Today, Secretary of State Hillary Clinton gave an address on internet freedom and declared unrestricted access to the internet a foreign policy priority. At the Newseum in Washington, D.C., an institution that embodies free speech, Clinton outlined five freedoms of the internet age:
- Freedom of speech online
- Freedom of worship online
- Freedom to connect to the Internet anywhere
- Freedom from the fear of cyber attacks
- Freedom from “want”, or the ability to use the Internet to relieve suffering
Citing the story of a girl in Haiti that was rescued from earthquake debris because she could contact the outside world with a text message, she said: “These networks took a voice that was buried and spread it to the world.” And “Once you’re on the internet, you don’t need to be a tycoon or rock star to have a huge impact on society.”
Secretary Clinton spoke strongly of the power of the internet and the importance of its freedoms: “Let us make these technologies a force for progress, and go forward together to champion these freedoms.”
She also pointed out the challenges for governing that the Internet produces, stating that those who use the Internet to recruit terrorists or distribute stolen intellectual property cannot be allowed to divorce their online actions from their real world identities. However, she insisted that the challenge to deter and prevent illegal use of the Internet must not become an excuse for governments to systematically violate the rights and privacy of those who use the Internet for peaceful political purposes.
Clinton’s address also included statements regarding the U.S. government’s policies on the internet:
“We are also supporting the development of new tools that enable citizens to exercise their right of free expression by circumventing politically motivated censorship. We are working globally to make sure that those tools get to the people who need them, in local languages, and with the training they need to access the internet safely. The United States has been assisting in these efforts for some time. Both the American people and nations that censor the internet should understand that our government is proud to help promote internet freedom.”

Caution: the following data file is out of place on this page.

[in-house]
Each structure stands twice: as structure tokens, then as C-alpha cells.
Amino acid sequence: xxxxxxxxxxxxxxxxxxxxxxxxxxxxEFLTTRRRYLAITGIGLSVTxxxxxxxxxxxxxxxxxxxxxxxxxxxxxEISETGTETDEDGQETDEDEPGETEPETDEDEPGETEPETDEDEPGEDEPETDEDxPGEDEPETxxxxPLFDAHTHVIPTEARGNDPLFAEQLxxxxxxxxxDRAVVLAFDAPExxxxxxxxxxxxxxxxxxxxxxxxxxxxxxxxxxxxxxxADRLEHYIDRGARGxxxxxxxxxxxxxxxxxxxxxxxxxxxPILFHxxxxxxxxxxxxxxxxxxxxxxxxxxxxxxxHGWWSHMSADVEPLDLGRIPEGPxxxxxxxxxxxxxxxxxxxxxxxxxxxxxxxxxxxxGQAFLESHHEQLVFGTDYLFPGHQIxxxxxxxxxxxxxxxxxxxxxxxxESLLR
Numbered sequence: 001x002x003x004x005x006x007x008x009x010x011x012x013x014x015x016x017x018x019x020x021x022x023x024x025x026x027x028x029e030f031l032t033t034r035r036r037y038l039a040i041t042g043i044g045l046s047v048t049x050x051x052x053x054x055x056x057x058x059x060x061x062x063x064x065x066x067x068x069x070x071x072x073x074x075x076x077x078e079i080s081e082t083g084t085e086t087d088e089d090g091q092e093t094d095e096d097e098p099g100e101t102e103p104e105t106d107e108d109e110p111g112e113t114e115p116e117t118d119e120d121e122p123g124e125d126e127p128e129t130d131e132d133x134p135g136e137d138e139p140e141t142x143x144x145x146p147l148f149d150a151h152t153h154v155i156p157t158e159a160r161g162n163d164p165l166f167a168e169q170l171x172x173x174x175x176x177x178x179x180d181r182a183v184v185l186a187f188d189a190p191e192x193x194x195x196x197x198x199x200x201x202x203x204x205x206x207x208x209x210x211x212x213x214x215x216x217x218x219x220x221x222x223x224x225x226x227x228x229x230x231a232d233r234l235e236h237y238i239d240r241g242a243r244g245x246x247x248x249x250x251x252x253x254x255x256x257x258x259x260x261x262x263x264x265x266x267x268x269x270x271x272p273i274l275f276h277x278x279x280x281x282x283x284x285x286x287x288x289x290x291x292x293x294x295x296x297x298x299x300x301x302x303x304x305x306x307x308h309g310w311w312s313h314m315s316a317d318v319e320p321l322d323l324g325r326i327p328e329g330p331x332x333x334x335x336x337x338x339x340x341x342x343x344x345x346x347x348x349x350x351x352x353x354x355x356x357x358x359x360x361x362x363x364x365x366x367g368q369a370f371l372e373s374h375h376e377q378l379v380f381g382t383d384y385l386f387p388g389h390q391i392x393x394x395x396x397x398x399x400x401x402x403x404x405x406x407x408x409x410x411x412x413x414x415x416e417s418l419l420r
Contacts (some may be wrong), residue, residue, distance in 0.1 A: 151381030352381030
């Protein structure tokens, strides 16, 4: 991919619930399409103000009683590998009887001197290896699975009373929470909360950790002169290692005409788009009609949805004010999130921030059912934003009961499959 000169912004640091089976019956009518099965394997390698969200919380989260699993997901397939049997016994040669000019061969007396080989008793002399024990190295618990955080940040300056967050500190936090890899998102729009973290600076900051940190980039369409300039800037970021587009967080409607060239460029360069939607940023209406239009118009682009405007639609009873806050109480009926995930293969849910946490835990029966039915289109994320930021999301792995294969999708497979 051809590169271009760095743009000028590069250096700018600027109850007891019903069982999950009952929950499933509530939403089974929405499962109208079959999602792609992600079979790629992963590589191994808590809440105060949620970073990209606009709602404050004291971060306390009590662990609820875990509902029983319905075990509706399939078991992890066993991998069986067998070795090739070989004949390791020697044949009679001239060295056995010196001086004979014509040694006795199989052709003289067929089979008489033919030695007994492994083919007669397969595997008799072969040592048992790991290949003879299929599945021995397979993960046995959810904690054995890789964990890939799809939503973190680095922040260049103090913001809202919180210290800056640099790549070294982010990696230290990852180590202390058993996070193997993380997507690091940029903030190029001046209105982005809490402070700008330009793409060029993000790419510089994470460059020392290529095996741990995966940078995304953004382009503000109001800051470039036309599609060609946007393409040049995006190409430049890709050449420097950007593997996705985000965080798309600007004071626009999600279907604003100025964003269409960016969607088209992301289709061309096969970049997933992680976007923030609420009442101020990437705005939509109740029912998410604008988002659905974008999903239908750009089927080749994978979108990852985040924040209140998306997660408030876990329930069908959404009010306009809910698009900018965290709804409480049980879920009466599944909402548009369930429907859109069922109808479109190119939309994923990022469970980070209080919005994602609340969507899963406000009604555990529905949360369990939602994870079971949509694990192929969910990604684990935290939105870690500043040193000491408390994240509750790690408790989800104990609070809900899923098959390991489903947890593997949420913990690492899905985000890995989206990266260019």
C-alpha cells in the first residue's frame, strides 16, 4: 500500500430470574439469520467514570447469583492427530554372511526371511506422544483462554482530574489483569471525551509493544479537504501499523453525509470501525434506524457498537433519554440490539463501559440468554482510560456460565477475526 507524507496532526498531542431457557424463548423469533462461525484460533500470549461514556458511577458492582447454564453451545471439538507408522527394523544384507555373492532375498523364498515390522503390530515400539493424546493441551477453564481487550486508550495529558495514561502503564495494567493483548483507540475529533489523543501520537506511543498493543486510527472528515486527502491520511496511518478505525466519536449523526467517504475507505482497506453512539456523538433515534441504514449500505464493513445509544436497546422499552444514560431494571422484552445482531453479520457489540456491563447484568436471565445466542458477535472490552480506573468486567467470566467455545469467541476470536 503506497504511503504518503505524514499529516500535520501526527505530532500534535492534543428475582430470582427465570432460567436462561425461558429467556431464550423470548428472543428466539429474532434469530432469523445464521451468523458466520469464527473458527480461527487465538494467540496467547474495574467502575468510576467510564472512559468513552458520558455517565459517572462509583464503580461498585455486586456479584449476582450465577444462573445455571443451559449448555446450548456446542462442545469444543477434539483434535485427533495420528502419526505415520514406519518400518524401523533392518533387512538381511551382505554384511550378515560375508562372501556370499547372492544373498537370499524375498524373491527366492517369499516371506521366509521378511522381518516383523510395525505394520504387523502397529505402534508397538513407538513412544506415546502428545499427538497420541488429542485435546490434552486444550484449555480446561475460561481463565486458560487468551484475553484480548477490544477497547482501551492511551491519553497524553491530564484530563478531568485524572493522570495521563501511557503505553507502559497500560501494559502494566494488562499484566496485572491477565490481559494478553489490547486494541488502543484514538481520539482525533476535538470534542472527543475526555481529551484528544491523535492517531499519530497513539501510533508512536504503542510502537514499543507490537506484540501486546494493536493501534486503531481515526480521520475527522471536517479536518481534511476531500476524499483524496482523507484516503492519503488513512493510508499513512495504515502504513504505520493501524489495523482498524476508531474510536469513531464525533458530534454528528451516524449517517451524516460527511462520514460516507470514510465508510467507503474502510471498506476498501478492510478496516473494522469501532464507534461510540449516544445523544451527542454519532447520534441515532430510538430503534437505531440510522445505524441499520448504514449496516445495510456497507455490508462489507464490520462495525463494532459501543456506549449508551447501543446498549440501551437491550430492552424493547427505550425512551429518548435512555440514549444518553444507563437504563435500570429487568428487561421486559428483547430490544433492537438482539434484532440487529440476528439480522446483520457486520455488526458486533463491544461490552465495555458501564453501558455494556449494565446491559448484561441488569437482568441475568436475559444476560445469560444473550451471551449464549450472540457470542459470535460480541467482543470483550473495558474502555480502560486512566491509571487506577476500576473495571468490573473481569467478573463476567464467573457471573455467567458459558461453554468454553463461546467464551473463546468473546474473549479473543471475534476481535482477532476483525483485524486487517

“And the State Department will be launching an innovation competition to give this work an immediate boost. We’ll be asking Americans to send us their best ideas for applications and technologies that help to break down language barriers, overcome illiteracy, and connect people to the services and information they need.”
FCC Chairman Julius Genachowsk praised Clinton’s address: “Secretary Clinton’s inspiring remarks are a compelling argument for the power of Internet freedom to promote economic opportunity and the rights of all people,” said FCC Chairman Julius Genachowsk.
And Leslie Harris, President of the Center for Democracy and Technology said:
“We applaud Secretary Clinton for placing global Internet freedom at the heart of 21st century diplomacy. This is a critical moment in the evolution of the Internet. Authoritarian regimes are remaking the Internet into a tool of political control; meanwhile, democratic countries are struggling to manage old social ills in the new digital world. The United States must take bold action to ensure that the global Internet remains a powerful force for democracy and human rights, Secretary Clinton’s speech is an historic first step toward that end.”
The full remarks can be viewed and read on the State Department’s website.
-Written by Yussi, the newest intern at Joe Trippi & Associates